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US Commander in South Korea Says Control Transfer Will Strengthen Alliance


The newly-appointed commander of U.S. forces in South Korea says he is confident an upcoming transfer in command control from Washington to South Korea will leave the two countries' alliance stronger. VOA's Kurt Achin has more from Seoul.

U.S. Lieutenant General Walter Sharp spoke directly to South Korean pride when he praised the country's military.

"Do not underestimate the power of your [South Korea's] military. They are good," he said.

Sharp assumed command of U.S. forces stationed in Korea last month. Washington deploys about 28,000 military personnel in South Korea, to deter or defeat any repeat of North Korea's 1950 invasion.

In some of his first public comments since taking command, Sharp said South Korea's military has risen "head and shoulders" above where it was 10 years ago, when Sharp was stationed here, as an infantry officer.

"It has the ability, I believe, working within the alliance, to beat any North Korean threat," he said.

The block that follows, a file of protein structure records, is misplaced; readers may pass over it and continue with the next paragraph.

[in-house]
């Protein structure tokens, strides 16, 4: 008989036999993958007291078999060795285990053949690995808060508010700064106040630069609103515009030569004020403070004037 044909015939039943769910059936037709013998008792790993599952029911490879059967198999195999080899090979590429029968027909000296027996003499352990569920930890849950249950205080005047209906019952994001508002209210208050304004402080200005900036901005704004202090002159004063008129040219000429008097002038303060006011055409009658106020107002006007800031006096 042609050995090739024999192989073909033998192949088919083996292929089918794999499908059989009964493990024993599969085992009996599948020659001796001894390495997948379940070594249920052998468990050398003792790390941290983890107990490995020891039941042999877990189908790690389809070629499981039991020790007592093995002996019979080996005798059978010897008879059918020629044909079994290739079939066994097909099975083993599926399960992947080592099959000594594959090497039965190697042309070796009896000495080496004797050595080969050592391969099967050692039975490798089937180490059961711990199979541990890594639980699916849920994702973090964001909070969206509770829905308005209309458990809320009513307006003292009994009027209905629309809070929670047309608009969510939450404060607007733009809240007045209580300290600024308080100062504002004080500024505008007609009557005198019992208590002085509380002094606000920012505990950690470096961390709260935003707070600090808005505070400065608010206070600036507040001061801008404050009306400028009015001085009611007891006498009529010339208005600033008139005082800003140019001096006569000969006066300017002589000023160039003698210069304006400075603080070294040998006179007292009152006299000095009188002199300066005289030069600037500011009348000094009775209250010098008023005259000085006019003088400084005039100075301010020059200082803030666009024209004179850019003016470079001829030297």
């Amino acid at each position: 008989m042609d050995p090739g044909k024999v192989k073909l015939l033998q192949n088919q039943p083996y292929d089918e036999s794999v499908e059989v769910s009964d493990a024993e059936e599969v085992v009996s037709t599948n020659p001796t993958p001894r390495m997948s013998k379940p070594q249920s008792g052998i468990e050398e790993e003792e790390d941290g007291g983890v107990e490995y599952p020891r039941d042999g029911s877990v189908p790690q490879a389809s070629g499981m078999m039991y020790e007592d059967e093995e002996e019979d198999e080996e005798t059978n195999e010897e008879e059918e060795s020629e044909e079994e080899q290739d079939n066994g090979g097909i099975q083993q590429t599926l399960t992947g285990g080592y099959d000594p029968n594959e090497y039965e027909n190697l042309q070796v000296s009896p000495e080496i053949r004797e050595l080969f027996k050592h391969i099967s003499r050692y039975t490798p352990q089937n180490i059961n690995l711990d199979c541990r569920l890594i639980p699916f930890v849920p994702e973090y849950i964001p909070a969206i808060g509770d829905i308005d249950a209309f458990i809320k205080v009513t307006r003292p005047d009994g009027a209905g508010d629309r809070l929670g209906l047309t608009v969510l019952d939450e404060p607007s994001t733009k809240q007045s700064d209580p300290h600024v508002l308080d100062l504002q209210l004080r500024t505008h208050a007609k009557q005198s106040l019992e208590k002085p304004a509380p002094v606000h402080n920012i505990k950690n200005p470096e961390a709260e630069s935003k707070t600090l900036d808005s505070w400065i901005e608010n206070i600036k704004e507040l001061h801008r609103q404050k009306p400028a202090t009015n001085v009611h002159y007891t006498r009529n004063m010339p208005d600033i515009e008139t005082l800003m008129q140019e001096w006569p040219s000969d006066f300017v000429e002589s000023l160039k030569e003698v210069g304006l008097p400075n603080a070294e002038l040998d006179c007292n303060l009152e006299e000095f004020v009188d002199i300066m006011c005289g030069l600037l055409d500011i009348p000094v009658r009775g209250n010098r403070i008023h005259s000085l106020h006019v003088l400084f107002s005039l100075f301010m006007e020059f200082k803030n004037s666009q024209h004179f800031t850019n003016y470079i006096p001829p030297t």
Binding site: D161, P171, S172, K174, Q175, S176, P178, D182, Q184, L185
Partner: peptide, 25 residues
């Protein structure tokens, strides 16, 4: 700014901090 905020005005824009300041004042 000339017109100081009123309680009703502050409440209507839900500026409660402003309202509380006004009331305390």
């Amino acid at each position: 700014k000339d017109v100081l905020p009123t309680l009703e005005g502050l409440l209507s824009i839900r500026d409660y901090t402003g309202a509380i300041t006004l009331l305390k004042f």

Under agreement with South Korea, the United States would assume command of the South Korean military, in the event of a renewed war with the North. But the two countries have agreed to return wartime operational control of South Korean forces to Seoul in 2012.

One of Sharp's main tasks is to sort out the implementation of the agreement, while reinforcing the alliance's ability to fight a war, if necessary. Using the common shorthand "ROK," standing for South Korea's formal name, the Republic of Korea, Sharp says more responsibility is being shifted.

"Right now we are starting to develop ROK-lead plans, as to what would that war plan look like, and with them, the ROK, in the lead, what would we, the United States, need to support that plan that would make the overarching plan even stronger than what we have today?" he added.

Sharp dismisses the notion that the wartime control transfer is a prelude to the United States withdrawing from South Korea.

"We, the United States, would be stupid to leave this region. And, I believe that is what our government believes right now, also," said Sharp.

Sharp says American service members will probably soon be assigned three-year tours of duty in South Korea, rather than the current one year. They will also be able to move here with their families - something he says will stabilize and strengthen the South Korean-American alliance.

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